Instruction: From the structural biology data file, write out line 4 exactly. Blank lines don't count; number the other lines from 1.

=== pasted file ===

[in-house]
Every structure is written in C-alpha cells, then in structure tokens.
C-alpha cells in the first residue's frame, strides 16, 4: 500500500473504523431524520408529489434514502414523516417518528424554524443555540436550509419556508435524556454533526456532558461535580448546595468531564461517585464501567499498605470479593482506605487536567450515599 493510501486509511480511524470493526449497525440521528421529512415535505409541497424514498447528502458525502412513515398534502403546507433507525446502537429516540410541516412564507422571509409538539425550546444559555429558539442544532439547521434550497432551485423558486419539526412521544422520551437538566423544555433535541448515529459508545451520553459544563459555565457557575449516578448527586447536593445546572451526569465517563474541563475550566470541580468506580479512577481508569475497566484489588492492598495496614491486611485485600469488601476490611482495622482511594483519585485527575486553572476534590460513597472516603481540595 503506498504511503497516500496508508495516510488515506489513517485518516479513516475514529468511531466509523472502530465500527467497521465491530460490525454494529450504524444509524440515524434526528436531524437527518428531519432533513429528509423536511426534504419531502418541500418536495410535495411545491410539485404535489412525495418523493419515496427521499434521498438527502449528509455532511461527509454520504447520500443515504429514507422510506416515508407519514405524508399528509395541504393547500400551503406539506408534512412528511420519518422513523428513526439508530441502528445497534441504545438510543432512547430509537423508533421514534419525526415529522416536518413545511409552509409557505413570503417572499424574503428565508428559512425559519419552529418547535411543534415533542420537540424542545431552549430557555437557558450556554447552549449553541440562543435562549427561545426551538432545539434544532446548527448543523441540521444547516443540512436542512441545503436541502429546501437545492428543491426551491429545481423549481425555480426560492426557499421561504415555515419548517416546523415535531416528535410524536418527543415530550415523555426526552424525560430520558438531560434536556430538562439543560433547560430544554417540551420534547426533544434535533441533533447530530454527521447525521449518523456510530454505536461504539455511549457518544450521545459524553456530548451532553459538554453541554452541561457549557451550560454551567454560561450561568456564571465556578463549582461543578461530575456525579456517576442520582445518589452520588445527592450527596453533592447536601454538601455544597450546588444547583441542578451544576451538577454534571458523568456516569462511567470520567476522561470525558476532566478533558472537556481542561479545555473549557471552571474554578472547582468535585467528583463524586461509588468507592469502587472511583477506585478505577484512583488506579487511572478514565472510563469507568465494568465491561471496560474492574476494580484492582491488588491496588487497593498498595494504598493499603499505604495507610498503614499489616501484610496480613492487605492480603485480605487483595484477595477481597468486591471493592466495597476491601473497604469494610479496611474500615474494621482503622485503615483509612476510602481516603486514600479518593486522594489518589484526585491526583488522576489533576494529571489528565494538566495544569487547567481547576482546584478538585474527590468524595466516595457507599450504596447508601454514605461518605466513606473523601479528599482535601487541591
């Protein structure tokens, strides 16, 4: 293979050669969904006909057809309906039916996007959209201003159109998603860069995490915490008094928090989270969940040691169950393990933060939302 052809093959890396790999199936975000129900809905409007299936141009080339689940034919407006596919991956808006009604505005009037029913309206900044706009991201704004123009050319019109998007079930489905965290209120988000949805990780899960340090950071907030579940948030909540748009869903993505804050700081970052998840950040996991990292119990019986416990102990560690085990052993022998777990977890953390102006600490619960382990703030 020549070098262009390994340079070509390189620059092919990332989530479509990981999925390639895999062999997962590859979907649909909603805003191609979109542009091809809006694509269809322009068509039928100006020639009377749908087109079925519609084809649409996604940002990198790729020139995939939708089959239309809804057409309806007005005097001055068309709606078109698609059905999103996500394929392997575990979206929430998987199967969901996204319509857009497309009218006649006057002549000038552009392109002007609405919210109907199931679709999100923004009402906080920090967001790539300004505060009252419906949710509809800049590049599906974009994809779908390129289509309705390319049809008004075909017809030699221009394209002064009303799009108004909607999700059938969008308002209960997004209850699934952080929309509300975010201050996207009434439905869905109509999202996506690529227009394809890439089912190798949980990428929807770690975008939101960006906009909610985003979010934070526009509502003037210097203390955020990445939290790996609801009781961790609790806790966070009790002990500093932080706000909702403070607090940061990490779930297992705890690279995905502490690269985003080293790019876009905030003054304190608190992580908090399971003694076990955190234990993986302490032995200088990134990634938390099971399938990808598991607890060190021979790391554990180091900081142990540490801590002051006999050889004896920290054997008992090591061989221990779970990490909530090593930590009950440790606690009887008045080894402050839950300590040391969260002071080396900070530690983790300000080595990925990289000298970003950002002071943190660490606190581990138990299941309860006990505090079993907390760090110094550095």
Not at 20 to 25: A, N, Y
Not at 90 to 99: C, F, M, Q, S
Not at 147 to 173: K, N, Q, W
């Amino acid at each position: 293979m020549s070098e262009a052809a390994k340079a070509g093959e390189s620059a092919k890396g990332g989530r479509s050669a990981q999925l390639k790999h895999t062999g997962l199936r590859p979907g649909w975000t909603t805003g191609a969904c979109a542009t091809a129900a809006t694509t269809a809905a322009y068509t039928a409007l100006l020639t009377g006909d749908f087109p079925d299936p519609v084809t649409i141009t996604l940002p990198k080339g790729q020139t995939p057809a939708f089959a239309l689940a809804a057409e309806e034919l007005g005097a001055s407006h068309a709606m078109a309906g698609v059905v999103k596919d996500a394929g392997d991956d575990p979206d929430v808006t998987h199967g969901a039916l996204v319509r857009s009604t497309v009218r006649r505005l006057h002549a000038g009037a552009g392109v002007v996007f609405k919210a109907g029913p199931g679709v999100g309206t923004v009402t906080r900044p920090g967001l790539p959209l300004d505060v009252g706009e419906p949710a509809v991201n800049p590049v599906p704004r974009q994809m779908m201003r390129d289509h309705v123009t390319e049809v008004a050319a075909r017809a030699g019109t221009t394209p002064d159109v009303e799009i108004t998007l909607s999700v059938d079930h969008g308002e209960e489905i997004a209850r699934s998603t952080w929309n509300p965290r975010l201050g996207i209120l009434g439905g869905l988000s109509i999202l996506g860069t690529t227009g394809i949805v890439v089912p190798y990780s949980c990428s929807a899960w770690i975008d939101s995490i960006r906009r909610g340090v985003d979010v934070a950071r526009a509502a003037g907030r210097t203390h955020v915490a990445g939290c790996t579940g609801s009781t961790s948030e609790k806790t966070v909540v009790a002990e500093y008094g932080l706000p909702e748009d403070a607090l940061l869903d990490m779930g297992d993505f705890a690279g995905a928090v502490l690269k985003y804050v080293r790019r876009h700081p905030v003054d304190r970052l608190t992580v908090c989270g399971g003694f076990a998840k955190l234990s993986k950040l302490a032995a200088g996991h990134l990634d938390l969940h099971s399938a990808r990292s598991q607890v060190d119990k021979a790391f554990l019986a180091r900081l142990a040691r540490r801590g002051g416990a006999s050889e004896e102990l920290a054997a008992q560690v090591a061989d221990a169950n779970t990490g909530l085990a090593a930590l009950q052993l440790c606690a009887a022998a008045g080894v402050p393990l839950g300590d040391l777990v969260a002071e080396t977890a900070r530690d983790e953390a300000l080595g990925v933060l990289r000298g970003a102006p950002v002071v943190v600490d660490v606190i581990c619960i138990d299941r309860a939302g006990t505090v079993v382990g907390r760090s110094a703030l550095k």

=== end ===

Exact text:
């Protein structure tokens, strides 16, 4: 293979050669969904006909057809309906039916996007959209201003159109998603860069995490915490008094928090989270969940040691169950393990933060939302 052809093959890396790999199936975000129900809905409007299936141009080339689940034919407006596919991956808006009604505005009037029913309206900044706009991201704004123009050319019109998007079930489905965290209120988000949805990780899960340090950071907030579940948030909540748009869903993505804050700081970052998840950040996991990292119990019986416990102990560690085990052993022998777990977890953390102006600490619960382990703030 020549070098262009390994340079070509390189620059092919990332989530479509990981999925390639895999062999997962590859979907649909909603805003191609979109542009091809809006694509269809322009068509039928100006020639009377749908087109079925519609084809649409996604940002990198790729020139995939939708089959239309809804057409309806007005005097001055068309709606078109698609059905999103996500394929392997575990979206929430998987199967969901996204319509857009497309009218006649006057002549000038552009392109002007609405919210109907199931679709999100923004009402906080920090967001790539300004505060009252419906949710509809800049590049599906974009994809779908390129289509309705390319049809008004075909017809030699221009394209002064009303799009108004909607999700059938969008308002209960997004209850699934952080929309509300975010201050996207009434439905869905109509999202996506690529227009394809890439089912190798949980990428929807770690975008939101960006906009909610985003979010934070526009509502003037210097203390955020990445939290790996609801009781961790609790806790966070009790002990500093932080706000909702403070607090940061990490779930297992705890690279995905502490690269985003080293790019876009905030003054304190608190992580908090399971003694076990955190234990993986302490032995200088990134990634938390099971399938990808598991607890060190021979790391554990180091900081142990540490801590002051006999050889004896920290054997008992090591061989221990779970990490909530090593930590009950440790606690009887008045080894402050839950300590040391969260002071080396900070530690983790300000080595990925990289000298970003950002002071943190660490606190581990138990299941309860006990505090079993907390760090110094550095």